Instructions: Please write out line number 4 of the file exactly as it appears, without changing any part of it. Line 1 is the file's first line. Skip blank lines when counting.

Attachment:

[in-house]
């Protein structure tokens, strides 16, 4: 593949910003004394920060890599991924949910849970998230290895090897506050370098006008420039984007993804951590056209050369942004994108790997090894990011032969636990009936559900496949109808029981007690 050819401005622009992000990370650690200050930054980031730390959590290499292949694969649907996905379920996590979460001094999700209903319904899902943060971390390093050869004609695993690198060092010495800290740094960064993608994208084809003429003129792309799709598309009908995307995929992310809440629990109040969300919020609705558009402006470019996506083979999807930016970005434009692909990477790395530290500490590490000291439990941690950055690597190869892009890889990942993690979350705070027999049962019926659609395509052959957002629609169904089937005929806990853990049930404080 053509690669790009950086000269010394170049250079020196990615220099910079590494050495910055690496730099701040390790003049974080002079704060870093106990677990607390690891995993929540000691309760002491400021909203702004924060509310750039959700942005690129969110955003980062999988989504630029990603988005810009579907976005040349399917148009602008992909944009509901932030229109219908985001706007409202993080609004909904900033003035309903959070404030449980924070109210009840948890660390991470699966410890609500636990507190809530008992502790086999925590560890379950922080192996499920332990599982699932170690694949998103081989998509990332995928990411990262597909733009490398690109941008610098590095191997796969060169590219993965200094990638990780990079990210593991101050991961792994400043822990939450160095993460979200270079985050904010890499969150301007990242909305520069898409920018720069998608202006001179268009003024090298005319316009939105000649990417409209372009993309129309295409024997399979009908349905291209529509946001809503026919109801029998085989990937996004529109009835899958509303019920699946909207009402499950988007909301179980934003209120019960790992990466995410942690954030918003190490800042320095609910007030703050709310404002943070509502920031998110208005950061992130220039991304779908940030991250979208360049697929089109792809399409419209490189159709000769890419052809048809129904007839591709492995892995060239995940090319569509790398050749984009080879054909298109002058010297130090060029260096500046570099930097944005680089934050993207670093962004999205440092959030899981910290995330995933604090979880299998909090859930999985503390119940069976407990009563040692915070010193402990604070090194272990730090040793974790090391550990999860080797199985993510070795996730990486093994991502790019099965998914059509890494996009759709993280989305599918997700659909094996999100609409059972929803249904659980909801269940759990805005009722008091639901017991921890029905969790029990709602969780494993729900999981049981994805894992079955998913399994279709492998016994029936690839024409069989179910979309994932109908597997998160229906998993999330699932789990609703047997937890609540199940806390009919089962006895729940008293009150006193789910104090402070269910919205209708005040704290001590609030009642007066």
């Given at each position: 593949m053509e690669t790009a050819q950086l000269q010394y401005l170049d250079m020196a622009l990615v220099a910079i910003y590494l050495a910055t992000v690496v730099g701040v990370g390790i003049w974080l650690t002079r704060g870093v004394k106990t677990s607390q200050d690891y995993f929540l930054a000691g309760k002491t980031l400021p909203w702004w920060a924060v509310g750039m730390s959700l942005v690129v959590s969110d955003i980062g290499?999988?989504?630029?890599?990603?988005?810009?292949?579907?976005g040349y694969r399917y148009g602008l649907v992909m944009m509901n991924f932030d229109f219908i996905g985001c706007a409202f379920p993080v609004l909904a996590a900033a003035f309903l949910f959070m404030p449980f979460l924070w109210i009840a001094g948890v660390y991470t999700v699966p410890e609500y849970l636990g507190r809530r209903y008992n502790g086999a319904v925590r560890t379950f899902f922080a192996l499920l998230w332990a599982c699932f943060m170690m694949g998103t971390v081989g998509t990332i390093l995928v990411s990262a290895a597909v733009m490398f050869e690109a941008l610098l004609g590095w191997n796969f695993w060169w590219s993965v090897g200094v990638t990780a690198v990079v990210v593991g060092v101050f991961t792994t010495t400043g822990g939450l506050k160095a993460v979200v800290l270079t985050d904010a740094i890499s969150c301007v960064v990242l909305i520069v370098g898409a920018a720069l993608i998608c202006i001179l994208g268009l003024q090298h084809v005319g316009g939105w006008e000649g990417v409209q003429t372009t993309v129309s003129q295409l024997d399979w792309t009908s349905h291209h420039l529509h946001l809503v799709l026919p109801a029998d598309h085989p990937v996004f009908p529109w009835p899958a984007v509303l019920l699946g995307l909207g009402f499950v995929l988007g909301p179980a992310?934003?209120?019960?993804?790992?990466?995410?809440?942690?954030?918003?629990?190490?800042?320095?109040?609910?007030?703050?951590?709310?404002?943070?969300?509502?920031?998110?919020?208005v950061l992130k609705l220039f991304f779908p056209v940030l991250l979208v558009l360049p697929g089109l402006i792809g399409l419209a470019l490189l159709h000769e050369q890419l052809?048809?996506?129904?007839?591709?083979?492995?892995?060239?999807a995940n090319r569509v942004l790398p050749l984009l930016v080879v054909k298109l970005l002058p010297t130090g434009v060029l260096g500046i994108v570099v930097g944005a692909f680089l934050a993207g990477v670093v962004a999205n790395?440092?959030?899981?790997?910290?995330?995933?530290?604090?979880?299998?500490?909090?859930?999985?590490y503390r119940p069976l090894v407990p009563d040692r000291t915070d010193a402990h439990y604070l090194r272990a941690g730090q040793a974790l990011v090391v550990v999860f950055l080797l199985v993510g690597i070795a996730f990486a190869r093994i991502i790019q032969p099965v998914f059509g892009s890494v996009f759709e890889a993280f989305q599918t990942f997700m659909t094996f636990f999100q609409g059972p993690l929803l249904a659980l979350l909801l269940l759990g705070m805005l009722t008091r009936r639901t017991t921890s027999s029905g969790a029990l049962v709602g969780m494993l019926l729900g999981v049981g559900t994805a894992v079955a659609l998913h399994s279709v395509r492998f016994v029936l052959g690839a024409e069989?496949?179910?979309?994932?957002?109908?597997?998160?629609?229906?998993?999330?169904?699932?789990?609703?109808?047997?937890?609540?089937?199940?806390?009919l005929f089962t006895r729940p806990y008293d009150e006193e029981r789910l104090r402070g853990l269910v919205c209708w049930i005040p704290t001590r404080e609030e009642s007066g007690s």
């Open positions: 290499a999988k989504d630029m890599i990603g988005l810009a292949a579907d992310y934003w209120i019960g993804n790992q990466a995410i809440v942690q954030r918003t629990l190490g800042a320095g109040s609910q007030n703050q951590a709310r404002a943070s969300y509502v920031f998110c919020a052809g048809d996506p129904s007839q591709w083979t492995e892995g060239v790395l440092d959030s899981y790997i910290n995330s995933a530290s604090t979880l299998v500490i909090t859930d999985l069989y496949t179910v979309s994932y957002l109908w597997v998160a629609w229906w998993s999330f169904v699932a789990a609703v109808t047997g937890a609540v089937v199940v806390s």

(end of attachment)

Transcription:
């Open positions: 290499a999988k989504d630029m890599i990603g988005l810009a292949a579907d992310y934003w209120i019960g993804n790992q990466a995410i809440v942690q954030r918003t629990l190490g800042a320095g109040s609910q007030n703050q951590a709310r404002a943070s969300y509502v920031f998110c919020a052809g048809d996506p129904s007839q591709w083979t492995e892995g060239v790395l440092d959030s899981y790997i910290n995330s995933a530290s604090t979880l299998v500490i909090t859930d999985l069989y496949t179910v979309s994932y957002l109908w597997v998160a629609w229906w998993s999330f169904v699932a789990a609703v109808t047997g937890a609540v089937v199940v806390s």